Saturday, 19 September 2009

'...the ravages of bitter civil strife...'

John Koliopoulos’ book Plundered Loyalties needs to be ingested in doses. Other than Thucydides, no historian attracts my respect so much, for being able to be so involved, so human and yet so scholarly, writing soberly of events associated with the Axis Occupation and civil strife between 1941-1949, but like the Inferno the awfulness of what’s described takes on the impetus of a depression shifting one’s mood like a gradual but relentless shift in the weather. I made a vow never ever again to pretend I understood or think casually about the matter of Macedonia and its northern neighbour.
Our route last winter from Igoumenitsa, via Ioannina, on the Via Ignatia, towards Thessaloniki passed well south of the West Macedonian towns of Grevena, Florina, Kastoria, Kozani, where Mark and Sally visited over Christmas, including Lia on Grammus. ‘People’ writes Koliopoulos, Professor of Modern European History at the Aristotelian University of Thessaloniki in 1998, ‘are made to slip into thinking of Macedonia or notions about the region as something with an unchanging identity …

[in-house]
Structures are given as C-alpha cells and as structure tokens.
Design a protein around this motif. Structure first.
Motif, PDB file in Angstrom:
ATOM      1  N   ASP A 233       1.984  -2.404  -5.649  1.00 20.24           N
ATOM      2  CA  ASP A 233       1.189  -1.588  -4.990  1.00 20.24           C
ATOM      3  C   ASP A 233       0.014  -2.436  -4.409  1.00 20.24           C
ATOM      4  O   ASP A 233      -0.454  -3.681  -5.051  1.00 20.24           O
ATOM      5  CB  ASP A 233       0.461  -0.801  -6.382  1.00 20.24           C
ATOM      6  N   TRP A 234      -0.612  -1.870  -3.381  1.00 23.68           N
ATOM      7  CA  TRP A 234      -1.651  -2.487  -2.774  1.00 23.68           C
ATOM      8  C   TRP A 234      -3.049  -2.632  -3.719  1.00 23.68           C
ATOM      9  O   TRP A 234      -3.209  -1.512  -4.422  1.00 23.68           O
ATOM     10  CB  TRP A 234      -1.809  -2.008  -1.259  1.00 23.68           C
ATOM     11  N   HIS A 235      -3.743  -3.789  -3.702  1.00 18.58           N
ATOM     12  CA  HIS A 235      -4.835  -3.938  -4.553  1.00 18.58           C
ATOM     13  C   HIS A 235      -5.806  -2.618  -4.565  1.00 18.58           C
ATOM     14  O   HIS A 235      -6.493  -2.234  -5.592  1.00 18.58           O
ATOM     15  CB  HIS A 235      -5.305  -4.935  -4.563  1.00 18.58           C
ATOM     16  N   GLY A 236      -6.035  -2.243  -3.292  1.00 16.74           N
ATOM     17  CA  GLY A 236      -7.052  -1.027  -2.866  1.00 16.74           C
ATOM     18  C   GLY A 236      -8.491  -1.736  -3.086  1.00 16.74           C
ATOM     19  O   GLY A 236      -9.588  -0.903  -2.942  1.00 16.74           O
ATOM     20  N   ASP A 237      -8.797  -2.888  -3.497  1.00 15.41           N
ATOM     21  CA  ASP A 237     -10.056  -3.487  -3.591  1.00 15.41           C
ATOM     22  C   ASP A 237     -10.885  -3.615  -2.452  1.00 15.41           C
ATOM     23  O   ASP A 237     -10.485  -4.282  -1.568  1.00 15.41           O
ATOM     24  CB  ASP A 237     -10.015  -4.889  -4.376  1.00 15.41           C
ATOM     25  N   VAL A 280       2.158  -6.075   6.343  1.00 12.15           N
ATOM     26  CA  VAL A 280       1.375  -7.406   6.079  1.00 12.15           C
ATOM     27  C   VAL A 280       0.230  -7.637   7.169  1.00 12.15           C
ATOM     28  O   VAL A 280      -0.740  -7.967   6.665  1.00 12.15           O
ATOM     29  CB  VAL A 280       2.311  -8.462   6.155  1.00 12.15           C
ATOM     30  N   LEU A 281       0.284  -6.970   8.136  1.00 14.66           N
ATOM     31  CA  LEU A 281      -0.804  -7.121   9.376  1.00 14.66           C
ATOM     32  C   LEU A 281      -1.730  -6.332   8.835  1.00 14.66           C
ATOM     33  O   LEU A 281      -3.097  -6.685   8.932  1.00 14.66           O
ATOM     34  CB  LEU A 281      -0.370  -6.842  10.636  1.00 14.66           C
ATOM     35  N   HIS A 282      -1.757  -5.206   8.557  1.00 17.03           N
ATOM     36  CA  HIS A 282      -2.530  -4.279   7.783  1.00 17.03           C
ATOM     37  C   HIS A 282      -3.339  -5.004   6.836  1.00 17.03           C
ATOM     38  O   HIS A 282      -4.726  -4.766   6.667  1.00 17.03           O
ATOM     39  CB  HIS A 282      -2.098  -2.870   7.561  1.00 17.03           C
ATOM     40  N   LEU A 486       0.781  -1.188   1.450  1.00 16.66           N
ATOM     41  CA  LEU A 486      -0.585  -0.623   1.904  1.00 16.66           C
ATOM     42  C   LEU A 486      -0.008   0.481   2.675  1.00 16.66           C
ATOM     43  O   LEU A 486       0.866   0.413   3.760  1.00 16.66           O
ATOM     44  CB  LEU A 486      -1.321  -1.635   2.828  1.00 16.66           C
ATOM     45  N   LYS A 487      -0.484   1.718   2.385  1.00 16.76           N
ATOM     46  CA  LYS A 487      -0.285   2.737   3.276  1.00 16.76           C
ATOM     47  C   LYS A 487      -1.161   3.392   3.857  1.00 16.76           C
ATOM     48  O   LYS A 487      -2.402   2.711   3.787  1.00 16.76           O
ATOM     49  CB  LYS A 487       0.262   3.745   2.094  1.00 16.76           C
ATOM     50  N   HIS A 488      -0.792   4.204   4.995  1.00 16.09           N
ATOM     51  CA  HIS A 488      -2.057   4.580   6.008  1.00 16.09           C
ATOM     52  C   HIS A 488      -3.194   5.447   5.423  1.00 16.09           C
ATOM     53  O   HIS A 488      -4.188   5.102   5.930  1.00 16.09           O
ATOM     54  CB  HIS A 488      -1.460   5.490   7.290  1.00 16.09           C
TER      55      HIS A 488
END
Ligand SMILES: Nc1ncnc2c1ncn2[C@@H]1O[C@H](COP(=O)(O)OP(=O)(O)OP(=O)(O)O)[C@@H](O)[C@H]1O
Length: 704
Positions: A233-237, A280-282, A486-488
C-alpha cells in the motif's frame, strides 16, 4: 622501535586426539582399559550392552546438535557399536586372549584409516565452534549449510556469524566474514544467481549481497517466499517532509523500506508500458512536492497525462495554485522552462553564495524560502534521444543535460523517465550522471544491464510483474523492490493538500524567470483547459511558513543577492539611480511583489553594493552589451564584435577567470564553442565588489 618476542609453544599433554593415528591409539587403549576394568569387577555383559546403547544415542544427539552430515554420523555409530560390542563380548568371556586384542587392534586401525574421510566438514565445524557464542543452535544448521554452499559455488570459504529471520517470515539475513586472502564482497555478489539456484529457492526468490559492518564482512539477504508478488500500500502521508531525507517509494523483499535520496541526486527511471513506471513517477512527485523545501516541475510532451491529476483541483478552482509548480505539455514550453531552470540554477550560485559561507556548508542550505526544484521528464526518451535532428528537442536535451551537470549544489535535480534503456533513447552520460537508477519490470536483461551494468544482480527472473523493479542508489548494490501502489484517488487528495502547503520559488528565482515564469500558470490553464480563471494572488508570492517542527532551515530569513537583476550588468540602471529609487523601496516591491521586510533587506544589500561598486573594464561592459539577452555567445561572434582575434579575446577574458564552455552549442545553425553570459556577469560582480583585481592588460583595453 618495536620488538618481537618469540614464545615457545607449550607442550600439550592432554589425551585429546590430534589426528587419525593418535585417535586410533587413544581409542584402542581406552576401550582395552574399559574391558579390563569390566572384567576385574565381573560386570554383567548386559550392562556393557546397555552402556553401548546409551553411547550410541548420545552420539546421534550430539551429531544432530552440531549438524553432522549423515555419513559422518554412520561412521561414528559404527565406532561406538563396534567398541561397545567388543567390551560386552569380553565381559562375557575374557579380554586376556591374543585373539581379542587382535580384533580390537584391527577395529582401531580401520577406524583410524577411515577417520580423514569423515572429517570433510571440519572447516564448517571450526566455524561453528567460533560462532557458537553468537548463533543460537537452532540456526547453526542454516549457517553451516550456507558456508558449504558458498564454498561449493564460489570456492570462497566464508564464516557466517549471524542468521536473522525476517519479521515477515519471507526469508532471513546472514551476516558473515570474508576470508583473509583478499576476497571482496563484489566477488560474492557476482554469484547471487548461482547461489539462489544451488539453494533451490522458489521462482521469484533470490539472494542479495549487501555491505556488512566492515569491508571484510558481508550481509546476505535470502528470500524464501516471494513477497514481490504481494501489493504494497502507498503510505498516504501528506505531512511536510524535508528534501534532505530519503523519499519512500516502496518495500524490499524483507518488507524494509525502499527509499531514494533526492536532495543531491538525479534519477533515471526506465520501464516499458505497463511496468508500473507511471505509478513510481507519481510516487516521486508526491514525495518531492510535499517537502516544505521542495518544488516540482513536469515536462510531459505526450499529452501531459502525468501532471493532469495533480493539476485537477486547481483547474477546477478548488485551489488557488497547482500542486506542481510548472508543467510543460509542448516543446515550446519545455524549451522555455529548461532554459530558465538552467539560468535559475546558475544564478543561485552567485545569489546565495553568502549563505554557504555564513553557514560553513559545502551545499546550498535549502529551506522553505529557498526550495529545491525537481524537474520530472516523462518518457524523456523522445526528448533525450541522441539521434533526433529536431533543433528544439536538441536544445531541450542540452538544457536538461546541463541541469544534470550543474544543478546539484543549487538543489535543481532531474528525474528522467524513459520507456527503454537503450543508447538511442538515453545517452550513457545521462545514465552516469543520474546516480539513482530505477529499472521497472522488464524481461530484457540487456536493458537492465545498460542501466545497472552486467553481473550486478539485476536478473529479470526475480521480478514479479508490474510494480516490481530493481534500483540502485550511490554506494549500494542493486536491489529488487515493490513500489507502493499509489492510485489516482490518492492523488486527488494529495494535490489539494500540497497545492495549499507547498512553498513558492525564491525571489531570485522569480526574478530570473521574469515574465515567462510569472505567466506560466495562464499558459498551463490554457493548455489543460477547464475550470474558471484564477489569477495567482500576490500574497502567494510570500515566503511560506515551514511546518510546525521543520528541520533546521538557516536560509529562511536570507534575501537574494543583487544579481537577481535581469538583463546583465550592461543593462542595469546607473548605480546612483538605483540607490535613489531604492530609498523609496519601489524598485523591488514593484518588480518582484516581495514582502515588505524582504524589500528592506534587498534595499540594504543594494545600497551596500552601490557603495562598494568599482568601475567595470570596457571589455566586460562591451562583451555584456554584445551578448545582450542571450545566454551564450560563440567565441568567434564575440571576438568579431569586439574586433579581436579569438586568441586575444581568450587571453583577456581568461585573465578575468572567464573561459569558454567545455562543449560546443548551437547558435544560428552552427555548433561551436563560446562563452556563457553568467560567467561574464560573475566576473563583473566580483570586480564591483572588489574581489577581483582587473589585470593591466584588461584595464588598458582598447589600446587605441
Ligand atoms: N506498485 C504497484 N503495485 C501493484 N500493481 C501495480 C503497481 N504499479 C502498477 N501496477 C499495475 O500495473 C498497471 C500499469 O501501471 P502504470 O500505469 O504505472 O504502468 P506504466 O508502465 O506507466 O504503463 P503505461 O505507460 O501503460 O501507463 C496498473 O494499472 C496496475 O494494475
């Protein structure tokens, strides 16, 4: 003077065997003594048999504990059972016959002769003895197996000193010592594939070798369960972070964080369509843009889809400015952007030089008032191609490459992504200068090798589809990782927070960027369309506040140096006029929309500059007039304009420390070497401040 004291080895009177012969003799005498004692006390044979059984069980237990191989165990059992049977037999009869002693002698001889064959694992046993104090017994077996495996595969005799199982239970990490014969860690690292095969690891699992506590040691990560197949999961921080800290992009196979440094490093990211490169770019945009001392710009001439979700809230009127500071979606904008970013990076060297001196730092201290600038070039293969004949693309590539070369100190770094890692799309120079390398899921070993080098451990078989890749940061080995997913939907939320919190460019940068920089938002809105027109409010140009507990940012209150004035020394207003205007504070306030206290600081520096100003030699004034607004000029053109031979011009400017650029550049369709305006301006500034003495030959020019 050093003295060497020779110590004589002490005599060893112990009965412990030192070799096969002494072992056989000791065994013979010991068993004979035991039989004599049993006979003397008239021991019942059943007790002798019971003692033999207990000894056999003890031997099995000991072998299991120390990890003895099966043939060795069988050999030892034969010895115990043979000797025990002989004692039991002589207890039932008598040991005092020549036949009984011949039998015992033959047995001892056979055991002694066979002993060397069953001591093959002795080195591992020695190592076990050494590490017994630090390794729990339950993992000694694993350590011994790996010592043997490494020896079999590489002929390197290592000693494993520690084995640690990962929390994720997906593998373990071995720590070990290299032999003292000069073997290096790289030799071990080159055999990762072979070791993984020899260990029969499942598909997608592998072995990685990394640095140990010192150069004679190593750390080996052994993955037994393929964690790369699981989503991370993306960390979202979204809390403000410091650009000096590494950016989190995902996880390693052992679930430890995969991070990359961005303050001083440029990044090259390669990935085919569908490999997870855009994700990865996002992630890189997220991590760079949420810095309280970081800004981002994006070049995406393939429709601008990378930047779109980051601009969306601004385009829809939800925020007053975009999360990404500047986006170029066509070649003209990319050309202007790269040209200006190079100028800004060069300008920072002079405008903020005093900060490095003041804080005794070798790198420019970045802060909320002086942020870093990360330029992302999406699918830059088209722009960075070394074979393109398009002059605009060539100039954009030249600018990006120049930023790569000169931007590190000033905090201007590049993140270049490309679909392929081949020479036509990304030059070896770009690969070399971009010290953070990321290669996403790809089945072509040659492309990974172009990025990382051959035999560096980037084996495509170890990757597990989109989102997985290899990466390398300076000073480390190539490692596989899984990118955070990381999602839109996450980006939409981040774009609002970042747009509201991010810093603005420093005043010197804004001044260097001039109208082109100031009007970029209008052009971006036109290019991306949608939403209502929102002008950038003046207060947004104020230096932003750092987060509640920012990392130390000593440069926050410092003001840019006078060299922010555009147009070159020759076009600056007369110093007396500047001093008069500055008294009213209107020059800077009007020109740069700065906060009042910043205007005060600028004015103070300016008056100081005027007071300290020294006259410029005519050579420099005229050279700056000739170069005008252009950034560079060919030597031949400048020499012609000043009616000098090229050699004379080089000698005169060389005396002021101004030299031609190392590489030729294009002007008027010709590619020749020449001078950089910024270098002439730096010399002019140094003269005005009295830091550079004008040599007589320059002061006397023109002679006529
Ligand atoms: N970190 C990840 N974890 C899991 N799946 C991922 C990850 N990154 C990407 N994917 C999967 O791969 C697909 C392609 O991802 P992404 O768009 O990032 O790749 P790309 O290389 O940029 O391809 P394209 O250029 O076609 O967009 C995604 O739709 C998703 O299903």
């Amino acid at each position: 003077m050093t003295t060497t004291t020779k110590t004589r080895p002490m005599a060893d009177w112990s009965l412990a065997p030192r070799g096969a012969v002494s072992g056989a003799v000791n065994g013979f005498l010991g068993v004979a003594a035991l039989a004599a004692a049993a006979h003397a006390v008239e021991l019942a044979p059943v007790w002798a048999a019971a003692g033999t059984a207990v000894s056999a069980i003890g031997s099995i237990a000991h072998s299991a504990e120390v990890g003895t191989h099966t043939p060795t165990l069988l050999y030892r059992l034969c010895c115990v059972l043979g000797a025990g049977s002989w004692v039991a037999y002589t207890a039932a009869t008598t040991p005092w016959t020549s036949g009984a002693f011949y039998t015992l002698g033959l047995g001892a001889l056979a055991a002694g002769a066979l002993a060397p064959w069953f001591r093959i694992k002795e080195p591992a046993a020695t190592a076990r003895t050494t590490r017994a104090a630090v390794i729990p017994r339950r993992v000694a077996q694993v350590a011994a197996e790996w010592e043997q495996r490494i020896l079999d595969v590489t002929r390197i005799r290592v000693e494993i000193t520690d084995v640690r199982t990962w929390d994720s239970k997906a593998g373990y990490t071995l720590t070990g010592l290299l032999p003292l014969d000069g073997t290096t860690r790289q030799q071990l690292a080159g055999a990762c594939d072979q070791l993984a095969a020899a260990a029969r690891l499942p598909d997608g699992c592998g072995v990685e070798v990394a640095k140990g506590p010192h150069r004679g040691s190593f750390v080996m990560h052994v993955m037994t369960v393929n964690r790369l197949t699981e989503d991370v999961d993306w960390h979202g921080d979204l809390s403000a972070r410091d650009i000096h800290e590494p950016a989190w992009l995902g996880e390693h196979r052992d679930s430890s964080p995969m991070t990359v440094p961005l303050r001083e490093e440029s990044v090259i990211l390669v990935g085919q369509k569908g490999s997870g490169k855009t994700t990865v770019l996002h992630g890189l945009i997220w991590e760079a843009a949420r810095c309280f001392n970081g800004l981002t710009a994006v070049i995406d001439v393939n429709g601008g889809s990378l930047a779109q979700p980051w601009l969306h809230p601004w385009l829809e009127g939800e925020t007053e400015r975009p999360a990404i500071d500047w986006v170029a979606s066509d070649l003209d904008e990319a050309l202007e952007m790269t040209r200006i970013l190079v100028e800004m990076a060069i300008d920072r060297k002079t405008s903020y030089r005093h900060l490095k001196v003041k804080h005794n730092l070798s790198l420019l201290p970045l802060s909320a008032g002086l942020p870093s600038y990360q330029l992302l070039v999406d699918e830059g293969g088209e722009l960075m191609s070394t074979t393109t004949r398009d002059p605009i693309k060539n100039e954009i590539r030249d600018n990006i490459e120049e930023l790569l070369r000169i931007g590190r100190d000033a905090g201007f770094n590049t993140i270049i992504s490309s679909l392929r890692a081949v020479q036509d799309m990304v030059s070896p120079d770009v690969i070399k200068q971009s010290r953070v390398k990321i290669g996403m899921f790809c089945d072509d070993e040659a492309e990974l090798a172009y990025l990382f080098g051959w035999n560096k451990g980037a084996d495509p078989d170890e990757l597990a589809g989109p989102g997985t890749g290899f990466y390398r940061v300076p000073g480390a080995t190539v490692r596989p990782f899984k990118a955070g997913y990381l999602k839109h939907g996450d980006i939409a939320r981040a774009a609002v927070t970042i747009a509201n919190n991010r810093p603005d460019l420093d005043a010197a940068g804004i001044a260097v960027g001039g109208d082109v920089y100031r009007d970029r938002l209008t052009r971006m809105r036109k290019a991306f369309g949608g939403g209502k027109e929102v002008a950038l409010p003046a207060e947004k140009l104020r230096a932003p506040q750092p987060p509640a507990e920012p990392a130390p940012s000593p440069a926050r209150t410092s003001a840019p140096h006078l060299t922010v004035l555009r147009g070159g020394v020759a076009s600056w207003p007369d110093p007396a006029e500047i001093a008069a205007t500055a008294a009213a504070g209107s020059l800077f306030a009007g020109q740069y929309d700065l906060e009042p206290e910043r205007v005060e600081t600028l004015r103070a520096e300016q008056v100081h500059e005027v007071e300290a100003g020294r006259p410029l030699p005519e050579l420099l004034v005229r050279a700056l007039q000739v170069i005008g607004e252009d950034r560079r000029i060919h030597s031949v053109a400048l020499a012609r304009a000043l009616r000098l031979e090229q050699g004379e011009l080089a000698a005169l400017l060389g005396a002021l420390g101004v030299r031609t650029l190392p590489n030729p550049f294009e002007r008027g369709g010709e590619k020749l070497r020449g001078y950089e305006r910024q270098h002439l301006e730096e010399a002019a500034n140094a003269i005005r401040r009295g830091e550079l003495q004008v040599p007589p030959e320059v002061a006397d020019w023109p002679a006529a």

the result of superficial knowledge of both the history of Macedonia and attitudes towards the place and its vanishing variety of cultural and linguistic communities, as well as of refusal to come to terms with that history when it is known…the uninformed visitor … can hardly imagine the fierce passions that tore the land to pieces and drove a sizeable part of the population to the four corners of the earth as refugees or emigrants…one has to travel higher up the mountain slopes and visit half-deserted mountain villages like Ano and Kato Melas, Kotas, Antartikon, Ano and Kato Kraniona, Mavrokampos, Chalara and Old Gavros to see the marks of war on the walls of abandoned houses, their windows like empty eyesockets and their roofs fallen. They are ghost houses, their bare red mud-brick walls still standing to remind visitors of the ravages of bitter civil strife in these well-watered and verdant valleys between high mountains, some of the most beautiful in Northern Greece…A visitor is given to understand that he is an unwelcome intruder in a world brought to a standstill by so much grief.’